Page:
Today the Ember project is releasing version 5.3 of Ember.js, EmberData, and Ember CLI.
This release kicks off the 5.4 beta cycle for all sub-projects. We encourage our community (especially addon authors) to help test these beta builds and report any bugs before they are published as a final release in six weeks' time. The ember-try addon is a great way to continuously test your projects against the latest Ember releases.
You can read more about our general release process here:
Ember.js is the core framework for building ambitious web applications.
Changes in Ember.js 5.3
Ember.js 5.3 is an incremental, backwards compatible release of Ember with bug fixes, performance improvements, and minor deprecations.
Ember.js 5.3 introduced 1 deprecation.
- Deprecate implicit record loading in Ember Route per RFC #774. Please see the deprecation guide for more information.
Deprecations are added to Ember.js when an API will be removed at a later date. Each deprecation has an entry in the deprecation guide describing the migration path to a more stable API. Deprecated public APIs are not removed until a major release of the framework.
Consider using the ember-cli-deprecation-workflow addon if you would like to upgrade your application without immediately addressing deprecations.
For more details on changes in Ember.js 5.3, please review the Ember.js 5.3.0 release page.
EmberData is the official data persistence library for Ember.js applications.
Changes in EmberData 5.3
EmberData 5.3 introduced 10 bug fixes. Details are in the EmberData 5.3.0 release page.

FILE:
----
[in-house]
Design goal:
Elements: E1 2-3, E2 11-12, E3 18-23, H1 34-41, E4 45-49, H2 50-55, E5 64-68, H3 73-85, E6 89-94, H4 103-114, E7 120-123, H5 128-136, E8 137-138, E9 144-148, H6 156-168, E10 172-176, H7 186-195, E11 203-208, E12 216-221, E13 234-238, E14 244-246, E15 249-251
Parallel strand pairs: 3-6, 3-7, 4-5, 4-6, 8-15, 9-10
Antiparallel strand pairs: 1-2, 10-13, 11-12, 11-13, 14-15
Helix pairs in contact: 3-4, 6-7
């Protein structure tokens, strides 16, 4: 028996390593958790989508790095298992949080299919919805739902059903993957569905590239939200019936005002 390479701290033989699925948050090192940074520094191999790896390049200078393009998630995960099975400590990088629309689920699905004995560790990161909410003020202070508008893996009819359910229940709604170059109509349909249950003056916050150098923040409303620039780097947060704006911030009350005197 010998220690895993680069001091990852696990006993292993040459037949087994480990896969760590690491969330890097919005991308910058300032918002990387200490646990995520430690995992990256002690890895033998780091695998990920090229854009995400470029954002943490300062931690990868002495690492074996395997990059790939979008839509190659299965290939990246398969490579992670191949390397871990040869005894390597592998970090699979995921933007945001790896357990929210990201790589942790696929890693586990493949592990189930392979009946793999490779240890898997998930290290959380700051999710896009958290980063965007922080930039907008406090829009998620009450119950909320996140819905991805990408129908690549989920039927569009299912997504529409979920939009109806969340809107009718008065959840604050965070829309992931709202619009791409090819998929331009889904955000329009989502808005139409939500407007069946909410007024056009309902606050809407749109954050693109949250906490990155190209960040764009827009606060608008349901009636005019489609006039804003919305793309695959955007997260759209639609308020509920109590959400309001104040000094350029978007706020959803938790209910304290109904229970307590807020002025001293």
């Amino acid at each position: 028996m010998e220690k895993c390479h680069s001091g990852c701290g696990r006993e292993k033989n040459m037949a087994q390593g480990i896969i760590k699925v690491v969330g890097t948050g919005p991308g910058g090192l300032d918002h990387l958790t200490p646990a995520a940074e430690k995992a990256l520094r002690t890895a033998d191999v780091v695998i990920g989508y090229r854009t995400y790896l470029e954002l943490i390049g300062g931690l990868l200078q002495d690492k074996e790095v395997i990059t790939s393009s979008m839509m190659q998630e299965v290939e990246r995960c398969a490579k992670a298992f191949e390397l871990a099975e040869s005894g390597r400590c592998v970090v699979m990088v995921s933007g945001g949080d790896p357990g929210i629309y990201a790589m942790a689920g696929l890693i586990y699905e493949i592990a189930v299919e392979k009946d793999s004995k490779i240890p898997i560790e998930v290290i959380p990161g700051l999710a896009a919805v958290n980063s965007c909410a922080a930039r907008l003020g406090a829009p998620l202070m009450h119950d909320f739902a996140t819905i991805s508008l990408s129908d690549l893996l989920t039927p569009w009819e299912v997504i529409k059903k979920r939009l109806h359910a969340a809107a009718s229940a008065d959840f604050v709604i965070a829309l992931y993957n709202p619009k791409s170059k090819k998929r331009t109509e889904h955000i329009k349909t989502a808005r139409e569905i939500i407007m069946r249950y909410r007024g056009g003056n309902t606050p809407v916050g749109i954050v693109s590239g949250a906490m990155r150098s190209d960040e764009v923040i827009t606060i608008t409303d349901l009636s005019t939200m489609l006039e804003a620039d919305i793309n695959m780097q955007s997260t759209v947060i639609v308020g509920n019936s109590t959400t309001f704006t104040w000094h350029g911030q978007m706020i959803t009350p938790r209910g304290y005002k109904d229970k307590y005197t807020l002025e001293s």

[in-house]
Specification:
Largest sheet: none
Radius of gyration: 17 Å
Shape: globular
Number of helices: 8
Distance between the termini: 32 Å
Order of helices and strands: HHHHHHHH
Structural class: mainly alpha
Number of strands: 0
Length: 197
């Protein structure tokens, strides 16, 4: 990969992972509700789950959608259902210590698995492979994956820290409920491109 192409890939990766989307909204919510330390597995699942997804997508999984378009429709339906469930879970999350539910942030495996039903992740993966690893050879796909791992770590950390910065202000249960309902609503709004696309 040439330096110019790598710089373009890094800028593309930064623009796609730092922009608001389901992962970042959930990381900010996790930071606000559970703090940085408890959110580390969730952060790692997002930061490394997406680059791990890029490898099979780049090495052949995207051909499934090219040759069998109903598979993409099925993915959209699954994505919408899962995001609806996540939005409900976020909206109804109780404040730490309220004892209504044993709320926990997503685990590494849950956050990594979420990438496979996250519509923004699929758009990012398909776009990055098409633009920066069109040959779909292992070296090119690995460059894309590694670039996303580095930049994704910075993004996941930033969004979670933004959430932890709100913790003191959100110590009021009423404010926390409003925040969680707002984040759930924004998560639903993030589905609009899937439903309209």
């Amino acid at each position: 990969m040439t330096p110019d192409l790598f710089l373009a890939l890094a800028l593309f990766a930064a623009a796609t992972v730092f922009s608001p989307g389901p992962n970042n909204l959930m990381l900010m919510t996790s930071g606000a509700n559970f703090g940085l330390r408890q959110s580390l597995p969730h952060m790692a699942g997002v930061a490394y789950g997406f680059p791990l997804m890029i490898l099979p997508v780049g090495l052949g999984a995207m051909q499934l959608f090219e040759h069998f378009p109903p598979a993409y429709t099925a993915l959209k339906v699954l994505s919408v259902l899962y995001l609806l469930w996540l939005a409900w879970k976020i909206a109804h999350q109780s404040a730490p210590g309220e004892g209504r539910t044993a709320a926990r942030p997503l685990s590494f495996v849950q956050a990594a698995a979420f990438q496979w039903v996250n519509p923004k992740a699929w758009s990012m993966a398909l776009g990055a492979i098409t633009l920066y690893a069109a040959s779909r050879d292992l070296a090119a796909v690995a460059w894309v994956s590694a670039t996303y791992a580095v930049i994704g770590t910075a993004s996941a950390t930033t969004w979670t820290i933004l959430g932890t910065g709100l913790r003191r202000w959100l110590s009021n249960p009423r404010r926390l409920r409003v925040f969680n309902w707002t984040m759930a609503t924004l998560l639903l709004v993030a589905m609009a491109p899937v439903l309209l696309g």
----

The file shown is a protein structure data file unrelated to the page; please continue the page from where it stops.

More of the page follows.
EmberData 5.3 introduced several new features.
This release primarily focused on polish for the
RequestManager story, introducing builder utils, builders for
JSON:API requests as well as serialization utils for
As part of shipping serialization utils, we implemented several long-awaited cache features to support them:
cache.changedRelationshipsretrieves a diff of what has been added or removed from each relationship for a resource
cache.hasChangedRelationshipsanswers whether any relationships have changed for a resource
cache.rollbackRelationshipswill reset all relationships for that resource to their "remote" state, removing any local changes.
EmberData 5.3 introduced 5 deprecations.
As part of our ongoing efforts to modernize the library and to support the above changes, we implemented several new deprecations.
- Deprecate legacy import paths (
ember-data/) except for
- Deprecate non-strict-type (e.g. "users" or "myType" instead of "user" and "my-type")
- Deprecate non-strict-id (e.g .
And in relationships specifically:
- deprecate fixing non-unique relationship payloads (when the same record is referenced multiple times in a related collection)
- deprecate remote updates clearing local changes (an upcoming blog post will explain the new behavior here in detail)
For more details on changes in EmberData 5.3, please review the EmberData 5.3.0 release page.
Ember CLI is the command line interface for managing and packaging Ember.js applications.
Upgrading Ember CLI
You may upgrade Ember CLI using the
This utility will help you to update your app or addon to the latest Ember CLI version. You will probably encounter merge conflicts, in which the default behavior is to let you resolve conflicts on your own. For more information on the
ember-cli-update project, see the GitHub README.
While it is recommended to keep Ember CLI versions in sync with Ember and EmberData, this is not required. After updating ember-cli, you can keep your current version(s) of Ember or EmberData by editing
package.json to revert the changes to the lines containing
Changes in Ember CLI 5.3
Ember CLI 5.3 introduced 1 new feature:
- #10337 - the feature flag for pnpm support was removed, officially allowing using of the
Ember CLI 5.3 introduced 3 bug fixes.
Ember CLI 5.3 introduced 1 deprecation.
- Deprecate outputPaths build option, as output paths will no longer be predetermined under Embroider
For more details on the changes in Ember CLI 5.3 and detailed upgrade instructions, please review the Ember CLI 5.3.0 release page.
As a community-driven open-source project with an ambitious scope, each of these releases serves as a reminder that the Ember project would not have been possible without your continued support. We are extremely grateful to our contributors for their efforts.